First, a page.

Roger L. Simon

Bill Clinton's Sad, Surreal Speech

How many times had Bill Clinton cheated on his wife? That was the question I was asking myself as I listened to his hagiographic speech about Hillary Clinton on Tuesday night. 50? 100? More? And with how many different women?

I tried to recall the ones I knew about — Gennifer Flowers, Dolly Kyle, Juanita Broaddrick, Paula Jones, Monica Lewinsky, Kathleen Willey… I knew of several others via rumor, a couple of whom I was relatively sure were true. There must have been more. Five other names are mentioned in a special Wikipedia entry on the subject.

That was the elephant in the room on Tuesday night that was being ignored, as far as I could tell, by the Democratic faithful. It was not the GOP elephant, but a much bigger one, first spoken when Moses came down from Sinai millennia ago to impart the news that thou shalt not commit adultery. Had it become passé, disappeared forever in the maw of our trendy culture, a mere joke?

I thought of Anna Karenina, Tolstoy’s masterpiece on the subject, and practically everything else, that I had been reading lately. It doesn’t end well, the adultery part.

But there was Bill, putting his best face on it, trying to get his wife elected president of the United States by painting this romantic picture of their first encounter, as if it were a Hollywood “cute meet” out of Bringing Up Baby, the couple set to live happily ever after, when we all know their marriage quickly evolved into a kind of cold-blooded business partnership, if it was ever much of a marriage in the first place.

Who could forget the posed scenes of the supposedly content Clintons dancing on the beach in the Caribbean, meant to signal the Monica affair was over? It could only be seen by telephoto lens, no facial expressions visible.

And now this speech. How could the entire enterprise not be depressing? At least it was to me, although apparently not to the loyal Democrats at the convention who clapped and clapped for this strange performance.

But I wonder. Surely they must know this marriage is a sham, those over thirty anyway. Are Bill’s serial and compulsive adulteries just part of his charm? It can’t be that I was the only one thinking about this. I bet almost everyone was, trying to make peace with it on some level.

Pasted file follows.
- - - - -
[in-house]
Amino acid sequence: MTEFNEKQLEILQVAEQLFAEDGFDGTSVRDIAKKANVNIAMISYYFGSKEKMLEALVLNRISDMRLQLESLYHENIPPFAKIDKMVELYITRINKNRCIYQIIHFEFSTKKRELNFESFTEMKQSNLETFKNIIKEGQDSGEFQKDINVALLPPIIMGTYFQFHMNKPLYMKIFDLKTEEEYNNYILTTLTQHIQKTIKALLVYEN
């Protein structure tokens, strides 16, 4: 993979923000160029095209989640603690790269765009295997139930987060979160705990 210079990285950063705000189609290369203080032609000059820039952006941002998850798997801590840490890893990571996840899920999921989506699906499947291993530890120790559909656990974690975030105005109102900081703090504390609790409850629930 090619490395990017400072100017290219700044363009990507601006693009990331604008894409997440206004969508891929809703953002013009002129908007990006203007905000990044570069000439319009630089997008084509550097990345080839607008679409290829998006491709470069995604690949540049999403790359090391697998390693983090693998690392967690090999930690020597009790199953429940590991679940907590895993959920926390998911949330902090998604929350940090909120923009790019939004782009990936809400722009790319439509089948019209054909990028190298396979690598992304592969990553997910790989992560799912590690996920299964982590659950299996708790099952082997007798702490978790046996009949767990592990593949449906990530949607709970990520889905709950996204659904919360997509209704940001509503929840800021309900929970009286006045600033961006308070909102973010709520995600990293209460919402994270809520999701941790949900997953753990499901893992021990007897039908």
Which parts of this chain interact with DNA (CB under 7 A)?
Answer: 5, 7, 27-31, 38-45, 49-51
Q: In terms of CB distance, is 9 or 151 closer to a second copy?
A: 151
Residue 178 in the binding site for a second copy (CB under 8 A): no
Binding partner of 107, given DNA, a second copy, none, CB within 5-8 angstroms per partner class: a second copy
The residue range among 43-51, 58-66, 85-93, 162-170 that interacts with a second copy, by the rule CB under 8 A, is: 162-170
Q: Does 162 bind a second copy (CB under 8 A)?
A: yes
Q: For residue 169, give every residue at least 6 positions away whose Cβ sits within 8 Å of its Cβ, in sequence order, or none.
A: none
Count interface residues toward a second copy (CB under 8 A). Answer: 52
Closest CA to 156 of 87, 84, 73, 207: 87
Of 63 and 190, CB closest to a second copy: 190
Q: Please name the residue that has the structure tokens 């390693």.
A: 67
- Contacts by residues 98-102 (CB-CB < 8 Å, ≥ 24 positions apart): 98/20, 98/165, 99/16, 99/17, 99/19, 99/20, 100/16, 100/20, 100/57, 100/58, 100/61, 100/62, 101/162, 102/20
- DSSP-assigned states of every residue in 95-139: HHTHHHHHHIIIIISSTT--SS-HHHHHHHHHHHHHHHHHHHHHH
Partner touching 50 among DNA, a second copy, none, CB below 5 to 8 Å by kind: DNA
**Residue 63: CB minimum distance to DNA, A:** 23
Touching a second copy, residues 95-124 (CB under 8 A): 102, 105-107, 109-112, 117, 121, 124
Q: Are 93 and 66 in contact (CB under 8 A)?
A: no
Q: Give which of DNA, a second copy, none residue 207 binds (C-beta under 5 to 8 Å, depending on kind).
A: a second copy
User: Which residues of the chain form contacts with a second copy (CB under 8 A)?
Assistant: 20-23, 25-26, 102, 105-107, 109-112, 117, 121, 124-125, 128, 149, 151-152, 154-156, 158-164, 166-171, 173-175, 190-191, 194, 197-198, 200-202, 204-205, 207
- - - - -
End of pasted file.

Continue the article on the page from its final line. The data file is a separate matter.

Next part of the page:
When the camera turned on Chelsea Clinton and husband Marc Mezvinsky, whose father was convicted on 31 felony counts, they didn’t always seem pleased to be there. Marc looked momentarily glum. Chelsea, who seems to have adopted the family trait of grin and bear it, was pushing out a wan smile.

I again thought of Anna Karenina and its most famous line: “All happy families are alike; each unhappy family is unhappy in its own way.”

The Clintons were certainly unique in their unhappiness, though they had a successful lust for power of Medici proportions to assuage it, to hold them together.

In a way they are emblematic of the Democratic convention and the entire Democratic Party that they have dominated for so many years. Power is what is most important.  Everything else diminishes by comparison. It wasn’t always that way, perhaps, but it is now.

In the face of this power grab, the real problems of the world drop away. They did in Bill’s speech, too. No mention of the epidemic of cop murders. Nothing on ISIS, although only the day before, their members had marched into a French church and cut the throat of its priest in perhaps their most horrific event yet on European soil. You would think an ex-president would say something.

Bill didn’t dare mention it. To do so might remind the world of the incompetence of his wife, whose tenure as secretary of State did little to stop this and much to encourage it. One of the most disgusting examples had been her demurral about branding Boko Haram as a terror organization. How’s that as an accomplishment in winning the war on women?

We needn’t reprise her telling the Benghazi parents at their sons’ funeral that the cause of their deaths was a video. The moral compass would start spinning off its axis. But no matter. Bill certainly didn’t. Congrats to him. He’s still doing well after his heart attack, despite a few setbacks. He’s a great American. Just don’t tell your children his true story — unless you think those Ten Commandments aren’t worth the crumbling old tablets they’re carved on.

Roger L. Simon is a prize-winning novelist, Academy Award-nominated screenwriter and co-founder of PJ Media.  His book—I Know Best: How Moral Narcissism Is Destroying Our Republic, If It Hasn’t Already—is just published by Encounter.  You can read an excerpt here. You can see a brief interview about the book with the Wall Street Journal’s Opinion Journal here. You can hear an interview about the book with Mark Levin here. You can order the book here.



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